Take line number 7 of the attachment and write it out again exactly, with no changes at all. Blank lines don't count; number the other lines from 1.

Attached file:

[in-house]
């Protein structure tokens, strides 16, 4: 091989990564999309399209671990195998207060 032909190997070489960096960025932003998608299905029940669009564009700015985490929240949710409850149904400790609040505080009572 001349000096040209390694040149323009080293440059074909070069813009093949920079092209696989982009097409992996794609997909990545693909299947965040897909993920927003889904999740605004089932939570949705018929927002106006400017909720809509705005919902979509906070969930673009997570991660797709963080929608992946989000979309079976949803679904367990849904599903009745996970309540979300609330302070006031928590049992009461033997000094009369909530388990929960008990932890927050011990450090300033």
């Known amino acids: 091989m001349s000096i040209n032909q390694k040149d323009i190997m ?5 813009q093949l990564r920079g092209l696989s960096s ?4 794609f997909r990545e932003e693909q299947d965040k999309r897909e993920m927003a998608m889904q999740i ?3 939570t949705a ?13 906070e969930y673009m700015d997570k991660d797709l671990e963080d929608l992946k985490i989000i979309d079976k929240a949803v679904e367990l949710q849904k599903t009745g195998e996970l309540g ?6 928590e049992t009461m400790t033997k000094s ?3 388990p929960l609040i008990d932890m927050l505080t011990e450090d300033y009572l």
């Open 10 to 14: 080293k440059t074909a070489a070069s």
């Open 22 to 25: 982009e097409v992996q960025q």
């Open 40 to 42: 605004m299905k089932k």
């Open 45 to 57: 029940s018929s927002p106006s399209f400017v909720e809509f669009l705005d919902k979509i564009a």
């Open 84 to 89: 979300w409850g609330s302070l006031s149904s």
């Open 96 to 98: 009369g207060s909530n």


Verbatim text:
């Open 45 to 57: 029940s018929s927002p106006s399209f400017v909720e809509f669009l705005d919902k979509i564009a």